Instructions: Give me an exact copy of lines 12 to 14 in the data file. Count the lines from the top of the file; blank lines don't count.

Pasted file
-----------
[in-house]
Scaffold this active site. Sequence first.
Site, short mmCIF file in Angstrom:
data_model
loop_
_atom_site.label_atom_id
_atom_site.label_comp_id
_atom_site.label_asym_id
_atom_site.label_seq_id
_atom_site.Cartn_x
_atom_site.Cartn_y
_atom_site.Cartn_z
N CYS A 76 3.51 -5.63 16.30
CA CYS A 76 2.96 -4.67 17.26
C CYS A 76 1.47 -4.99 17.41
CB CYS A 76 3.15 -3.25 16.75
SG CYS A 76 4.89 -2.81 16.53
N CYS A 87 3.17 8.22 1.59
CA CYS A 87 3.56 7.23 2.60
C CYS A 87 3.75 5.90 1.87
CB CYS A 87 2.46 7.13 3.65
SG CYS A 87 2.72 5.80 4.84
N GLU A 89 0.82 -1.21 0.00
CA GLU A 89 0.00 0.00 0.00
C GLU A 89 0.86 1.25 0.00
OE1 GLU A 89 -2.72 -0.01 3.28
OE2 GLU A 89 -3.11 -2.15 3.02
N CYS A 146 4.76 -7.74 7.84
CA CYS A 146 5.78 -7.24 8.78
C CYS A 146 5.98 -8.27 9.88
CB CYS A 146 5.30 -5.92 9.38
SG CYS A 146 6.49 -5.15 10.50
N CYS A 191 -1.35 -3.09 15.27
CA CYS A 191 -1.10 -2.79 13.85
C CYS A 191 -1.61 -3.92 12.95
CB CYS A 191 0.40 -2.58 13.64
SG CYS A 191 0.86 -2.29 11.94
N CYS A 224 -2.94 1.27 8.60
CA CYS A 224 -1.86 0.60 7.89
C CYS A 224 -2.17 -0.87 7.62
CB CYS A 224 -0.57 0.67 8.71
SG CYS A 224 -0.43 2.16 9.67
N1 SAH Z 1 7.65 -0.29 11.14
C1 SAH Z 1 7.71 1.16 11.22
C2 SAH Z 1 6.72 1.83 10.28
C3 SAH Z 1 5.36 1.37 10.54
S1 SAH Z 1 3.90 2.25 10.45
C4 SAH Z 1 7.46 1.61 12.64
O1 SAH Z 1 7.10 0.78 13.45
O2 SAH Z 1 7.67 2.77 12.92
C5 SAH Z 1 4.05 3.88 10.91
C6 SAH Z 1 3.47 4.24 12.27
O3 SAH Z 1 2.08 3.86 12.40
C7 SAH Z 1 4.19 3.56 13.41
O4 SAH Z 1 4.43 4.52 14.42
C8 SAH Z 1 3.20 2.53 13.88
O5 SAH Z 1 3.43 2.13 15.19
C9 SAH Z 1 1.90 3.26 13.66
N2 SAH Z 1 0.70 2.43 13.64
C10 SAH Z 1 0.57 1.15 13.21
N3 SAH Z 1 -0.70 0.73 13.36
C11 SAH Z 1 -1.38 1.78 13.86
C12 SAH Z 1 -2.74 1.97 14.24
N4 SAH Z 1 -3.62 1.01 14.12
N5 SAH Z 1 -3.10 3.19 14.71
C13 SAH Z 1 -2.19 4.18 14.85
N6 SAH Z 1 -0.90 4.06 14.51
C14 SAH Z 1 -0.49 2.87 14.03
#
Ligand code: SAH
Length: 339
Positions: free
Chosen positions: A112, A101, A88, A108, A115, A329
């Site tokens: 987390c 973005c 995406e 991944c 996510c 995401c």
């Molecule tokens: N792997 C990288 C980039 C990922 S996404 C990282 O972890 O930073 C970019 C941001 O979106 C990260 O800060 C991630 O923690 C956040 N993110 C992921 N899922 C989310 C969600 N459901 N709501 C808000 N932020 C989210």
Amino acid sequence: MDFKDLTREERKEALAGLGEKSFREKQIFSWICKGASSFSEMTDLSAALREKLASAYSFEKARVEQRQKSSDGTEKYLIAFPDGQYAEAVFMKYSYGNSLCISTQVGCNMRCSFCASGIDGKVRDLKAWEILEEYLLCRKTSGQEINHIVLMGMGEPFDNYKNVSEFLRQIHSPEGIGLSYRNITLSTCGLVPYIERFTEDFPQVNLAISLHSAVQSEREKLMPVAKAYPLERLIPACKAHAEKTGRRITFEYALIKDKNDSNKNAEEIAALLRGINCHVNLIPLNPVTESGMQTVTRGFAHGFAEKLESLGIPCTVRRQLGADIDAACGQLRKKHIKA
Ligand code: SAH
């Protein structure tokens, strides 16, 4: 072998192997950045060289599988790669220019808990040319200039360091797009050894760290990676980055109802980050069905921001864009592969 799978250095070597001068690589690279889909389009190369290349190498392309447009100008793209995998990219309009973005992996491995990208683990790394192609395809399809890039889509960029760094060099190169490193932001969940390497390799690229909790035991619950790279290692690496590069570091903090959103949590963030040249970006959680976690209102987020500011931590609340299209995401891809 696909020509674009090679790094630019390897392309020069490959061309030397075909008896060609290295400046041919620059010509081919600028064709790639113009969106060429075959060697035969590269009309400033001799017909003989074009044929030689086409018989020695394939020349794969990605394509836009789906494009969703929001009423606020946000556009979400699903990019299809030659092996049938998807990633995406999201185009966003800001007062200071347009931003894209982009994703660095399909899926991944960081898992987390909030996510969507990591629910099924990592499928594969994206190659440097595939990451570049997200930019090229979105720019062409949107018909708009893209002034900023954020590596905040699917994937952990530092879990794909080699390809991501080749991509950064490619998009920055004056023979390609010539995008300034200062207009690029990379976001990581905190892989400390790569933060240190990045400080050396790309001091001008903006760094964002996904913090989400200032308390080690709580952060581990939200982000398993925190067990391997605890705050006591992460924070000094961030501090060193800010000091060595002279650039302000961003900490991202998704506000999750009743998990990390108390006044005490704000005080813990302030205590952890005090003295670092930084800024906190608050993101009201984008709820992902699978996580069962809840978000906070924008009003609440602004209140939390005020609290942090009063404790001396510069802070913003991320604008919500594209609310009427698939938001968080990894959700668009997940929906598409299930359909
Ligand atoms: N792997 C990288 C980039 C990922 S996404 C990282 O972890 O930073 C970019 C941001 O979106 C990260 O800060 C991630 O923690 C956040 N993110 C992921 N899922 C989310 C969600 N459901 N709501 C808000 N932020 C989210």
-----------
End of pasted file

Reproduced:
_atom_site.Cartn_z
N CYS A 76 3.51 -5.63 16.30
CA CYS A 76 2.96 -4.67 17.26